Relationship between behavior, adrenal activity, and environment in zoo-housed western lowland gorillas (Gorilla gorilla gorilla)
Version of Record online: 11 MAY 2011
© 2011 Wiley Periodicals, Inc.
Volume 31, Issue 3, pages 306–321, May/June 2012
How to Cite
Clark, F. E., Fitzpatrick, M., Hartley, A., King, A. J., Lee, T., Routh, A., Walker, S. L. and George, K. (2012), Relationship between behavior, adrenal activity, and environment in zoo-housed western lowland gorillas (Gorilla gorilla gorilla). Zoo Biol., 31: 306–321. doi: 10.1002/zoo.20396
- Issue online: 13 JUN 2012
- Version of Record online: 11 MAY 2011
- Manuscript Accepted: 11 APR 2011
- Manuscript Revised: 18 MAR 2011
- Manuscript Received: 28 NOV 2009
- fecal glucocorticoid metabolite;
- noninvasive monitoring;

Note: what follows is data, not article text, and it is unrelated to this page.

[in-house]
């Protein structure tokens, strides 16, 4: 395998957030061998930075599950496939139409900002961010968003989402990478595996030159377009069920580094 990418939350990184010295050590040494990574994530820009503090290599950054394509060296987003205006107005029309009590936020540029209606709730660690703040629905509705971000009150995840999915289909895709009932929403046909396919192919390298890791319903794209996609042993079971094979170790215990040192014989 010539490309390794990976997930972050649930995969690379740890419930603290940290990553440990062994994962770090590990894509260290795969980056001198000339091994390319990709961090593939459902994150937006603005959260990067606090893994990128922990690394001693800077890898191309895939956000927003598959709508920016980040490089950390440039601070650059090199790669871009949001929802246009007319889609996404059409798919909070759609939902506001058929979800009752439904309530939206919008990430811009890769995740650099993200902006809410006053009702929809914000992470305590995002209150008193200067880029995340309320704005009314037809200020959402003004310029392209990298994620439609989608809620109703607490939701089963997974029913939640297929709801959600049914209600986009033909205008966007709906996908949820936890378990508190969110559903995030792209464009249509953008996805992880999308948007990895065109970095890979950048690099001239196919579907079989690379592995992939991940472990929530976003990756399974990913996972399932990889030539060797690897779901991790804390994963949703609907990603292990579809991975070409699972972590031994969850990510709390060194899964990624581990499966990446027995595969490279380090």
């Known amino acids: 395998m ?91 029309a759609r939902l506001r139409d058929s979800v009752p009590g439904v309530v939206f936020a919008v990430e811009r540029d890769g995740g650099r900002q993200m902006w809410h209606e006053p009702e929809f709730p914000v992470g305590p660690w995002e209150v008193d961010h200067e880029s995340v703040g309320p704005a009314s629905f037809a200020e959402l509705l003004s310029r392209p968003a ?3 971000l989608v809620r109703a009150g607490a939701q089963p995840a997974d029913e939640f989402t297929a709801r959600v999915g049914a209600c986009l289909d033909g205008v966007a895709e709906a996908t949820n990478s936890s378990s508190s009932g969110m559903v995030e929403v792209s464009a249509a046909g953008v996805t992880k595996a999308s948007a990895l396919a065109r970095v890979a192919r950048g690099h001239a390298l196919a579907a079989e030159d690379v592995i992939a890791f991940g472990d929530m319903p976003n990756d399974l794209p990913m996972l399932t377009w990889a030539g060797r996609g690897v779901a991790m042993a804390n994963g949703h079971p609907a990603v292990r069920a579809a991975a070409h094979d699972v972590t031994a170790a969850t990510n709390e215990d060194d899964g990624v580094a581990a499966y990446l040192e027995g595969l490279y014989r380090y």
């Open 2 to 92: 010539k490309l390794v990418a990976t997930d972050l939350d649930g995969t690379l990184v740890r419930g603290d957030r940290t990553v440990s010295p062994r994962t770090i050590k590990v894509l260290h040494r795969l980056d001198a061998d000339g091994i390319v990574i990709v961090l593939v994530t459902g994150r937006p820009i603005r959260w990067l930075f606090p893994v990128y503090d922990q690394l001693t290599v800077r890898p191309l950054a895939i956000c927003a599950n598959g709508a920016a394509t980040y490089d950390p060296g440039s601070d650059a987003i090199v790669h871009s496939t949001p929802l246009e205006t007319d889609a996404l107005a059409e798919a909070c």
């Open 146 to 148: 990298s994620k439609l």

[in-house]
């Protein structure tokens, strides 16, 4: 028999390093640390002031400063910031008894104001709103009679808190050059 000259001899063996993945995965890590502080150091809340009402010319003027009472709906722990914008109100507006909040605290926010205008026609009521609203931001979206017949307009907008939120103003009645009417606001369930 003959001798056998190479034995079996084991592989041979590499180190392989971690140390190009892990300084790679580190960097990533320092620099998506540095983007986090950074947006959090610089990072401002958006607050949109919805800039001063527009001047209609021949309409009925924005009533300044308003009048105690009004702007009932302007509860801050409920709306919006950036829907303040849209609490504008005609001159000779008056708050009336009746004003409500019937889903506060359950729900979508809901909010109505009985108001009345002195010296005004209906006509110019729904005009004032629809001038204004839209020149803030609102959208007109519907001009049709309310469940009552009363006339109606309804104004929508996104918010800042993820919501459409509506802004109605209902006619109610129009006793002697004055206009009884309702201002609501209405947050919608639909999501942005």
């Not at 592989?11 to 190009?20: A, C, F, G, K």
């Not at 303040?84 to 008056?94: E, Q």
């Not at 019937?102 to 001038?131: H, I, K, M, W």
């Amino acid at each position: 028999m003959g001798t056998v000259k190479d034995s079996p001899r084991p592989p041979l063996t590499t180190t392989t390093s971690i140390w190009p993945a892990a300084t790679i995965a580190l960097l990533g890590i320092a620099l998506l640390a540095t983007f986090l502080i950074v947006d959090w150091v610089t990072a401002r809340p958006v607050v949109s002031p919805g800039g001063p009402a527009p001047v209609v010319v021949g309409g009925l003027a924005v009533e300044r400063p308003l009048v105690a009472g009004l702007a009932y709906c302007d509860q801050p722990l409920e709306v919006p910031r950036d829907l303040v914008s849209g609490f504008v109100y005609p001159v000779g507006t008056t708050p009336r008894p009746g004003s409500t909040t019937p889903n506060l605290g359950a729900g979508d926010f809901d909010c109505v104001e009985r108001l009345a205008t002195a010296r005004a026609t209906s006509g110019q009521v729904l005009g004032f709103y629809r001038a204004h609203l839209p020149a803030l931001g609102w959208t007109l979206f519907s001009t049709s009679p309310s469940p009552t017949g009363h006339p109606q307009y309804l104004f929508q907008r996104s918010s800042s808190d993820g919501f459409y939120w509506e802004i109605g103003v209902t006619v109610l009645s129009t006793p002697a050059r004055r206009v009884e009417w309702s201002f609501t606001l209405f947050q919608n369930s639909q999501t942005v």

Monitoring adrenal activity through noninvasive fecal hormone sampling is rapidly gaining popularity as a tool to assess zoo animal welfare. However, few studies have sought to investigate the interrelationships between behavior, adrenal activity, and environment, and ask whether both behavioral and adrenal monitoring strategies are required to assess welfare sufficiently. We present the findings of a 9-month study of a small group (one male, two females) of Western lowland gorillas, Gorilla gorilla gorilla. First, we examined the effect of environmental variables on gorilla behavior. Second, we examined the effect of environmental variables on the concentration of fecal glucocorticoid metabolites (FGC) and the relationship between behavior and FGC. Environmental variables had similar effects on all three gorillas. Negative vigilance of visitors (NVV; staring, posturing, and charging at visitors) significantly increased in all subjects as environmental noise levels increased, and food-related behavior significantly decreased in all subjects as crowd size increased. Exhibit modifications had a number of positive effects on behavior. Notably, when privacy screens were used, NVV significantly decreased in two subjects. We found no significant effects of environmental variables on FGC. However, we did find significant relationships between behavior and FGC in one female. Specifically, her NVV was significantly higher one day before, and on the same day as, raised FGC. Also, hair plucking significantly increased in the two days following raised FGC. Overall, this study demonstrates how concurrent noninvasive fecal and behavioral monitoring can be used for gorilla welfare assessment. Zoo Biol 31:306–321, 2012. © 2011 Wiley Periodicals, Inc.